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Windows 7: 12G of RAM on old CPU with low performance. Suggestions?

21 Jan 2015   #1
georegepal

Windows 7 64Bit
 
 
12G of RAM on old CPU with low performance. Suggestions?

I'm runnning Win 7 Pro 64bit on an ADM A6 -5400K with Radeon HD 3.6G and got 12G of installed RAM. I also got a 60G SSD where all OS files are installed and got a second drive where all applications are being installed. I recently added an upgrade to my RAM and increased it to 12G (was 6) however i have not seen much increase in performance. To be more precise i often notice in task manager the CPU graph to limit up while memory remains under 50% (~4G of use). I had disabled pagefile but with not much success and now re-enabled it. Is there any suggestion from you in order to take advantage more of my new memory or i should definately replace my CPU?
PS Its my work PC, mainly run Office Apps, no games


My System SpecsSystem Spec
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21 Jan 2015   #2
AndreasK

Windows 7 Home x64
 
 

I don't think that office applications are in much need of large memory, or high CPU power. Pagefile needs to run (let windows manage it to be safe) and make some file check. Hard disk might cause an issue; does it have enough free space? Also you can run a disk check on it.
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21 Jan 2015   #3
ignatzatsonic

Microsoft Community Contributor Award Recipient

Windows 7 Home Premium SP1, 64-bit
 
 

If Resource Monitor shows that you are using only 4 GB of RAM, the extra 6 GB you recently bought was a waste.

I don't game and use mostly Office applications and my RAM usage is rarely even 3 GB.

With all that free RAM, there isn't much point to fiddling with the page file. You could put it on some other drive to save space if you wanted to, but the fact is that you apparently are rarely using the page file--which is to be expected.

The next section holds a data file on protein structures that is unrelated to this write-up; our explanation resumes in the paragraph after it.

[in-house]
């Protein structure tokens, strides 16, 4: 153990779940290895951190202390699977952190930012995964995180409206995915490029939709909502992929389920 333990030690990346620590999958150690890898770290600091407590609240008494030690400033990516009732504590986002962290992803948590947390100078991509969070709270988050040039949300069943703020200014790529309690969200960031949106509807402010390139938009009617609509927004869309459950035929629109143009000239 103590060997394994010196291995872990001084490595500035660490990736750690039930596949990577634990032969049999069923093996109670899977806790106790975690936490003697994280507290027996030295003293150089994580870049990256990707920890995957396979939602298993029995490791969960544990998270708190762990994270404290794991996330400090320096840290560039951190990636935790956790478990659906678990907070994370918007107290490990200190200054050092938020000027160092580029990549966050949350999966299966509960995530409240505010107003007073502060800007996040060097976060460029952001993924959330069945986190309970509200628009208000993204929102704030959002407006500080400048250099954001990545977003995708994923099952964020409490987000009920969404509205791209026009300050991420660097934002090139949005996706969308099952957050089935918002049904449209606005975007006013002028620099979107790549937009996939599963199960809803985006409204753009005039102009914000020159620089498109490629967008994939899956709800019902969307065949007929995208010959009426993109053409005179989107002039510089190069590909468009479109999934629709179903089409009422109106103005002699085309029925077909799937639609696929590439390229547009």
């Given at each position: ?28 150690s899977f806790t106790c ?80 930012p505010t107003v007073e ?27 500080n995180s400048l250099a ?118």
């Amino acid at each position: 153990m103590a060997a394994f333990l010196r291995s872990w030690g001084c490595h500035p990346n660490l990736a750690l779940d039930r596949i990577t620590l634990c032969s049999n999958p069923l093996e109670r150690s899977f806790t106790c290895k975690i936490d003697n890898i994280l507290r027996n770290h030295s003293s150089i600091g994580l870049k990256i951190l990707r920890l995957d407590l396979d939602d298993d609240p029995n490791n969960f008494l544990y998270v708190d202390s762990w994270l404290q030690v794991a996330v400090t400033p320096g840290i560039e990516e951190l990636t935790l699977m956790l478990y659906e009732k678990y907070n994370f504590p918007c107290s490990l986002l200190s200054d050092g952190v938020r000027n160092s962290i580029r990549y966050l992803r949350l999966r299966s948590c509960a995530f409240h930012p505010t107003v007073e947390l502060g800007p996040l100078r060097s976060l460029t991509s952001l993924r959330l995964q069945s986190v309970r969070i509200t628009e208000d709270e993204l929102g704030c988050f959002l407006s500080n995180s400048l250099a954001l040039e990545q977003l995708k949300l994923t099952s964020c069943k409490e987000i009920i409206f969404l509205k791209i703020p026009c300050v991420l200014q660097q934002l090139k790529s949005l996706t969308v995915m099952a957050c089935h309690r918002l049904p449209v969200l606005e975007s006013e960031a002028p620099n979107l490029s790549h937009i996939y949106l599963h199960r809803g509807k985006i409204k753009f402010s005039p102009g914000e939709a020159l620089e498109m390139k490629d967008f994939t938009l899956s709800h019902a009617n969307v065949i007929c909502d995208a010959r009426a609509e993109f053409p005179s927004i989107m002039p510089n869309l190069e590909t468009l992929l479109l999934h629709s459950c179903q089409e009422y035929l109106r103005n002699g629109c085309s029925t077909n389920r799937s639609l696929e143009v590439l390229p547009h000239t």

You have a very modest CPU that scores 2139 on the Passmark CPU benchmark. By way of comparison, a 5 year old Intel i5-2500 that cost about $200 when new scores 6211. You can buy a current Intel CPU for $86 that scores 3789.

You're missing out on some of the advantages of the SSD by putting applications elsewhere (I'm assuming on a spinning hard drive), but maybe they won't fit on the SSD.
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21 Jan 2015   #4
sandravlado

Windows 7 Enterprise 64bit
 
 

Hi mate.

I would say that you can't do much except to replace CPU with a more powerful one.
On what % your CPU is working mostly? If it is more than 60% all the time, that would mean that it really struggles with processing.
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21 Jan 2015   #5
georegepal

Windows 7 64Bit
 
 

Quote   Quote: Originally Posted by ignatzatsonic View Post
If Resource Monitor shows that you are using only 4 GB of RAM, the extra 6 GB you recently bought was a waste..

My System SpecsSystem Spec
21 Jan 2015   #6
ignatzatsonic

Microsoft Community Contributor Award Recipient

Windows 7 Home Premium SP1, 64-bit
 
 

You need to poke "Resource Monitor" shown at the bottom of that picture to see Resource Monitor.

But the picture you posted shows that you have 8.69 GB of RAM still available.
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21 Jan 2015   #7
jimbo45

Linux CENTOS 7 / various Windows OS'es and servers
 
 

Hi there

IMO the best thing you could do would be to install a new SSD - those old 60GB ones are ist gen and newer one's will simply blow it away even on an old machine.